In any group of people, it never takes long before a natural leader emerges. You only have to watch an episode of Big Brother or The Apprentice to witness this happening. There'll be one person who either takes the initiative in a task and organises the troops, or, in the case of Big Brother, steals a housemate's underwear and runs around the room with them on his head. It's the same with sales teams minus the exhibitionism, obviously. Even if team members are all at the same level, without a recognised 'boss' a leader emerges. Why is this?

Research suggests that leaders emerge through a combination of their own outspoken behaviour and how that behaviour is perceived by others. In two studies at the University of California, the behaviour of dominant individuals and how they were perceived by others was closely observed. Naturally, there was no shortage of candidates in Tinsel Town. Also, the research showed a big gap between the actual competence of leaders and how their competence was perceived by others.

In the second study, participants were split into two groups and told to compete to solve a series of maths problems. The groups were videoed and the behaviour of their members carefully examined. They found that dominant participants tended to offer more suggestions to the group and were thus perceived as the most competent. Crucially, though, the study revealed that their dominant behaviour encouraged others to see them as competent even when their suggestions were no better. Their voice was simply heard longest and loudest and usually believed. A bit like insisting that a country has weapons of mass destruction, despite what the quieter voices may be saying to the contrary.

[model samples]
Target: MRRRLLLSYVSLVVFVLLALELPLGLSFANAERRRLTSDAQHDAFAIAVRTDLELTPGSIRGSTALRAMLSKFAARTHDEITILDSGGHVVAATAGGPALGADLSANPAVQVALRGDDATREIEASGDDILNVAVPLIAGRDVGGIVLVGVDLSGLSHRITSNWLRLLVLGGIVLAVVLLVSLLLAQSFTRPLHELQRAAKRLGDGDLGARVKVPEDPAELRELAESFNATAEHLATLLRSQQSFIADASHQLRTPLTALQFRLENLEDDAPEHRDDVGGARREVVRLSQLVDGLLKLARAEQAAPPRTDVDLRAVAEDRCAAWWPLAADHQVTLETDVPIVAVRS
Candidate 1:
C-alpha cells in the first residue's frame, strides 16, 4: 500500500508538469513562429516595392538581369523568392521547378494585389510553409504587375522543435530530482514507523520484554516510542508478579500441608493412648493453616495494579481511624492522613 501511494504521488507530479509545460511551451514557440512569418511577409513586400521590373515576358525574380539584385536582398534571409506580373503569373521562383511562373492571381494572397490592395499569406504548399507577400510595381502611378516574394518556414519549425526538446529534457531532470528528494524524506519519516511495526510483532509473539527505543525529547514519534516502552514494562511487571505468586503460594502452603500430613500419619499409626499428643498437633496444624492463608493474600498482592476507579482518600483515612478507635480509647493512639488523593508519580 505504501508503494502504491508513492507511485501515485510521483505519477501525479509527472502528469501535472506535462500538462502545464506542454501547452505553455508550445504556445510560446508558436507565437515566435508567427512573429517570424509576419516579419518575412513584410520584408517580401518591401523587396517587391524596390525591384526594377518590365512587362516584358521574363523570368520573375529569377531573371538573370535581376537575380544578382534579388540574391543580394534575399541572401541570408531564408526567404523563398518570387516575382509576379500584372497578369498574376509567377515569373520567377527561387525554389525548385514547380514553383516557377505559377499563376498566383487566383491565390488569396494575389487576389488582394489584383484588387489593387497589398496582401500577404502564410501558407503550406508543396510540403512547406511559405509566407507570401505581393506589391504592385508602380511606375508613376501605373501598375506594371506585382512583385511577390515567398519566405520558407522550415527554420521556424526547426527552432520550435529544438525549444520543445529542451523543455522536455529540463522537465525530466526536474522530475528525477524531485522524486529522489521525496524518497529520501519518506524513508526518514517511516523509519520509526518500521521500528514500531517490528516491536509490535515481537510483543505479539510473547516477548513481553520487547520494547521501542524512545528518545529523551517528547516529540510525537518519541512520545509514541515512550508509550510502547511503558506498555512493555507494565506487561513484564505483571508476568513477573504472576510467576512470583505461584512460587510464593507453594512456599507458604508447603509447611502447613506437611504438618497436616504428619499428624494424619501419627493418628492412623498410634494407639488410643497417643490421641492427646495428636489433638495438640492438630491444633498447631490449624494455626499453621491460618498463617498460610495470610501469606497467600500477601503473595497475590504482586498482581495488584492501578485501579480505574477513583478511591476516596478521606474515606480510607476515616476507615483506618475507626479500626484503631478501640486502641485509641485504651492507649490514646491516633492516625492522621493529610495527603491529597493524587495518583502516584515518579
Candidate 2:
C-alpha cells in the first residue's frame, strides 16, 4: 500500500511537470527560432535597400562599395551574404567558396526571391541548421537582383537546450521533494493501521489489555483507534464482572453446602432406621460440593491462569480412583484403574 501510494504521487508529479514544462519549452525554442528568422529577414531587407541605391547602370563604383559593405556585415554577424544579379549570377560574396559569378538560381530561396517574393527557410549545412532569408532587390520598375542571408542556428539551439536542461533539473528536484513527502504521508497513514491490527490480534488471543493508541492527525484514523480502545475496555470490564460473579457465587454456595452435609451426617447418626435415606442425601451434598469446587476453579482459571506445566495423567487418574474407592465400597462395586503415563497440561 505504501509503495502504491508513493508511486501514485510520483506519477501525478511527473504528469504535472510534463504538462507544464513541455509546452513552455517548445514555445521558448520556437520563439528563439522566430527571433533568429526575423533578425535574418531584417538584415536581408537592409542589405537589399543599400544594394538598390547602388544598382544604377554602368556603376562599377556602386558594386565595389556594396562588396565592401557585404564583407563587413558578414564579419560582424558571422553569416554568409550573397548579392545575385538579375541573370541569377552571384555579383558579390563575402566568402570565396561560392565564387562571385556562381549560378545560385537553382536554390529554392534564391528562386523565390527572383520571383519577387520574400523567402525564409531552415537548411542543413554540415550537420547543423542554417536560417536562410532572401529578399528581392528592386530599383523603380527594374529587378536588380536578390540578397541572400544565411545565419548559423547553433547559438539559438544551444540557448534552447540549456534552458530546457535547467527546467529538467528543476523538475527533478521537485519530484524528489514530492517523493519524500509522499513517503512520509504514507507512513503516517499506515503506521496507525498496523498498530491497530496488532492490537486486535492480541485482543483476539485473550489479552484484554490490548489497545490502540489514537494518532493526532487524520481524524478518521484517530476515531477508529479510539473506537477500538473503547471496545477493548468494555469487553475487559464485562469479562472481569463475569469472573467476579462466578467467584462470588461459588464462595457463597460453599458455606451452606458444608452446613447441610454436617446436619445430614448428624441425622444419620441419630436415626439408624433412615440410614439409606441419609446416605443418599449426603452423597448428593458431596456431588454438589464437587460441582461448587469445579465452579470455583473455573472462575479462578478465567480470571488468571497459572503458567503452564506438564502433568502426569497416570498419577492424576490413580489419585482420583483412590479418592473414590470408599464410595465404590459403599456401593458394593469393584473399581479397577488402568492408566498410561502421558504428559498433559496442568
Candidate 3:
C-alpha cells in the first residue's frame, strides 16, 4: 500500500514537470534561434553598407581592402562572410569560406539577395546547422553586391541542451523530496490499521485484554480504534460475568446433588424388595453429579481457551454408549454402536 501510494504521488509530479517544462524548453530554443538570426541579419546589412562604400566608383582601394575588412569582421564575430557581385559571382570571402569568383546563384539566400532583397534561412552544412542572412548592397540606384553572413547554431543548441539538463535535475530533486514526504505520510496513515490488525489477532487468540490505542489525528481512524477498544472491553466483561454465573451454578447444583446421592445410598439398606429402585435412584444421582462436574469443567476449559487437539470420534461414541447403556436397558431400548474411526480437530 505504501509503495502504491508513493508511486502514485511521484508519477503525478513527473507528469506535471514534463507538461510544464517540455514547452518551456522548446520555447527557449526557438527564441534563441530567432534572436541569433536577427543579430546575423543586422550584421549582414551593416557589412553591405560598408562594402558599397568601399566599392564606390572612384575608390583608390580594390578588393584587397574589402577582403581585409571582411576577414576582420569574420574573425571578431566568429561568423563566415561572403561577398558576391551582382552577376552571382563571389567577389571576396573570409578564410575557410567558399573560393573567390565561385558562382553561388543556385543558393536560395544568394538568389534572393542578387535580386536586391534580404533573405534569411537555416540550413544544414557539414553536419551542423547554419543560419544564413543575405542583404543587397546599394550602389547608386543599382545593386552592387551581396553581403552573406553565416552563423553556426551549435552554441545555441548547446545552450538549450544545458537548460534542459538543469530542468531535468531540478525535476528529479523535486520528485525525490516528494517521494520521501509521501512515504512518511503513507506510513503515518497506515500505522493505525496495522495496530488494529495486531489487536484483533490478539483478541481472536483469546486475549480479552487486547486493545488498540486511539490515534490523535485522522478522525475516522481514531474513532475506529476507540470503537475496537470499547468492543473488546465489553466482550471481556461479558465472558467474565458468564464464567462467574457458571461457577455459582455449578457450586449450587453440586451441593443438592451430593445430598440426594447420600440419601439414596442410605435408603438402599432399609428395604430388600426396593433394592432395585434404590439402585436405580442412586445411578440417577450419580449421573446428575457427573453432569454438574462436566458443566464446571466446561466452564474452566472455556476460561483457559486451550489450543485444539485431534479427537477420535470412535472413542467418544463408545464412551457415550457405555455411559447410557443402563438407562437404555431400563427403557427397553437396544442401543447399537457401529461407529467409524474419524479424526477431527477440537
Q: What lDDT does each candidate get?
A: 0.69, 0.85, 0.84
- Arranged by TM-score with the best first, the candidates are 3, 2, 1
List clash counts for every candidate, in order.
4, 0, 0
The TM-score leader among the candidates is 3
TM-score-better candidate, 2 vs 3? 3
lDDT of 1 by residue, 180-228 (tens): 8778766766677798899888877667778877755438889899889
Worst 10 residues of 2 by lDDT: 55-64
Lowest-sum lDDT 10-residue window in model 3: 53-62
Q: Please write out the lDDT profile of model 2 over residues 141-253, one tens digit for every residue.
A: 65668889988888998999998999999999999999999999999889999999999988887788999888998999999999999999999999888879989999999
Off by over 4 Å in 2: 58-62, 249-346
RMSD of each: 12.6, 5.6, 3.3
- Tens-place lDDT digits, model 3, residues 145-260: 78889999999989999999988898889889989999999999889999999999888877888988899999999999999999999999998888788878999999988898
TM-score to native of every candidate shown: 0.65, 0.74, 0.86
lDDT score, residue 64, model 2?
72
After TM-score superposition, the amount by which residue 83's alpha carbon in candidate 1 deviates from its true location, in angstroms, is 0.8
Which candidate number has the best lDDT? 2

Of course, outside the laboratory, money and power have more to do with who leads organisations, be they corporations or nations. In reality, groups of people don't start on egalitarian terms and people don't always 'emerge' from groups of their peers on the basis of who shouts loudest and longest. Again, witness reality TV shows to see this in action. The long-time favourite often gets booted out before the end when viewers tire of their dominant behaviour and see little return for it.

Personally, I don't think it's about the quality of comments that people make, but rather the quality of the questions they ask that demonstrates to others the validity of their contribution. So if you are in a group and want to lead, ask Socratic questions. If you don't know what they are, look them up on the internet. It could be one of the best searches you ever made.

Philip Hesketh is a professional speaker on the psychology of persuasion and author of Life's a Game to Fix the Odds.